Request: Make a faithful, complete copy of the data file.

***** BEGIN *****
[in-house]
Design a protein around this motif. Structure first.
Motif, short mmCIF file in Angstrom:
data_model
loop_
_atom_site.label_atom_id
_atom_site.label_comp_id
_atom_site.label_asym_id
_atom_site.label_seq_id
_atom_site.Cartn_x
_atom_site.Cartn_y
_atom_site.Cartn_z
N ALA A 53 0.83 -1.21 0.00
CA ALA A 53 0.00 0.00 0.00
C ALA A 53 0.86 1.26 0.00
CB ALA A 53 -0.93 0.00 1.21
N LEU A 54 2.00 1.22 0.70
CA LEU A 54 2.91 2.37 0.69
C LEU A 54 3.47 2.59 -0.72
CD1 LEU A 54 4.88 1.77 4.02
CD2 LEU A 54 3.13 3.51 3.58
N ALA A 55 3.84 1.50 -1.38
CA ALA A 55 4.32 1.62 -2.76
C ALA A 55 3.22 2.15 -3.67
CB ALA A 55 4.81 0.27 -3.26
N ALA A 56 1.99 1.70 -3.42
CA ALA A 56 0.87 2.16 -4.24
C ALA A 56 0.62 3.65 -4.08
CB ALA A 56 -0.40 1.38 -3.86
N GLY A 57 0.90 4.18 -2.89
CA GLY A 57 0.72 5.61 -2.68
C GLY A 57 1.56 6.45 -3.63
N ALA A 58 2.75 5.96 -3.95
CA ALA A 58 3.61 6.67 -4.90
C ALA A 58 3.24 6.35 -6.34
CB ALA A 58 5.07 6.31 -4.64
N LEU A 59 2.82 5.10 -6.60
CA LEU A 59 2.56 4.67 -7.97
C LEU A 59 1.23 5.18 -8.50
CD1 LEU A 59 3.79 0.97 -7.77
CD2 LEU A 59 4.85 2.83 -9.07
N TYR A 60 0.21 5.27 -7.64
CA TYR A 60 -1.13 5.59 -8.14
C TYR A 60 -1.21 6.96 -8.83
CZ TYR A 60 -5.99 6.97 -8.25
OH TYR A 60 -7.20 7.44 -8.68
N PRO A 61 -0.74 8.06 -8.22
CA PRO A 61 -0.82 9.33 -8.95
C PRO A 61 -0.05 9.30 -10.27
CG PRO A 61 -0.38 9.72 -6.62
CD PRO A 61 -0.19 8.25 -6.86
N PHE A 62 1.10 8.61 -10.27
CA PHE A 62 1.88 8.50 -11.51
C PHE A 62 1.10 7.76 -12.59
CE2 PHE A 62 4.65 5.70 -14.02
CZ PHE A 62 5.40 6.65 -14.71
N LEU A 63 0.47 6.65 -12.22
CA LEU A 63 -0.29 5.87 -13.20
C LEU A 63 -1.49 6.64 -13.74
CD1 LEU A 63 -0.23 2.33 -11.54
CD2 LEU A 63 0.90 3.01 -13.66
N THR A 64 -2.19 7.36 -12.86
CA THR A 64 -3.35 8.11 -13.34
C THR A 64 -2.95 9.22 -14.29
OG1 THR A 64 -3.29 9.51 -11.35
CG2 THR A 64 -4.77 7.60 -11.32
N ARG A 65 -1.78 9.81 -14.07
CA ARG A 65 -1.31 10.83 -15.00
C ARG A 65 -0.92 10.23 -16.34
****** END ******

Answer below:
[in-house]
Design a protein around this motif. Structure first.
Motif, short mmCIF file in Angstrom:
data_model
loop_
_atom_site.label_atom_id
_atom_site.label_comp_id
_atom_site.label_asym_id
_atom_site.label_seq_id
_atom_site.Cartn_x
_atom_site.Cartn_y
_atom_site.Cartn_z
N ALA A 53 0.83 -1.21 0.00
CA ALA A 53 0.00 0.00 0.00
C ALA A 53 0.86 1.26 0.00
CB ALA A 53 -0.93 0.00 1.21
N LEU A 54 2.00 1.22 0.70
CA LEU A 54 2.91 2.37 0.69
C LEU A 54 3.47 2.59 -0.72
CD1 LEU A 54 4.88 1.77 4.02
CD2 LEU A 54 3.13 3.51 3.58
N ALA A 55 3.84 1.50 -1.38
CA ALA A 55 4.32 1.62 -2.76
C ALA A 55 3.22 2.15 -3.67
CB ALA A 55 4.81 0.27 -3.26
N ALA A 56 1.99 1.70 -3.42
CA ALA A 56 0.87 2.16 -4.24
C ALA A 56 0.62 3.65 -4.08
CB ALA A 56 -0.40 1.38 -3.86
N GLY A 57 0.90 4.18 -2.89
CA GLY A 57 0.72 5.61 -2.68
C GLY A 57 1.56 6.45 -3.63
N ALA A 58 2.75 5.96 -3.95
CA ALA A 58 3.61 6.67 -4.90
C ALA A 58 3.24 6.35 -6.34
CB ALA A 58 5.07 6.31 -4.64
N LEU A 59 2.82 5.10 -6.60
CA LEU A 59 2.56 4.67 -7.97
C LEU A 59 1.23 5.18 -8.50
CD1 LEU A 59 3.79 0.97 -7.77
CD2 LEU A 59 4.85 2.83 -9.07
N TYR A 60 0.21 5.27 -7.64
CA TYR A 60 -1.13 5.59 -8.14
C TYR A 60 -1.21 6.96 -8.83
CZ TYR A 60 -5.99 6.97 -8.25
OH TYR A 60 -7.20 7.44 -8.68
N PRO A 61 -0.74 8.06 -8.22
CA PRO A 61 -0.82 9.33 -8.95
C PRO A 61 -0.05 9.30 -10.27
CG PRO A 61 -0.38 9.72 -6.62
CD PRO A 61 -0.19 8.25 -6.86
N PHE A 62 1.10 8.61 -10.27
CA PHE A 62 1.88 8.50 -11.51
C PHE A 62 1.10 7.76 -12.59
CE2 PHE A 62 4.65 5.70 -14.02
CZ PHE A 62 5.40 6.65 -14.71
N LEU A 63 0.47 6.65 -12.22
CA LEU A 63 -0.29 5.87 -13.20
C LEU A 63 -1.49 6.64 -13.74
CD1 LEU A 63 -0.23 2.33 -11.54
CD2 LEU A 63 0.90 3.01 -13.66
N THR A 64 -2.19 7.36 -12.86
CA THR A 64 -3.35 8.11 -13.34
C THR A 64 -2.95 9.22 -14.29
OG1 THR A 64 -3.29 9.51 -11.35
CG2 THR A 64 -4.77 7.60 -11.32
N ARG A 65 -1.78 9.81 -14.07
CA ARG A 65 -1.31 10.83 -15.00
C ARG A 65 -0.92 10.23 -16.34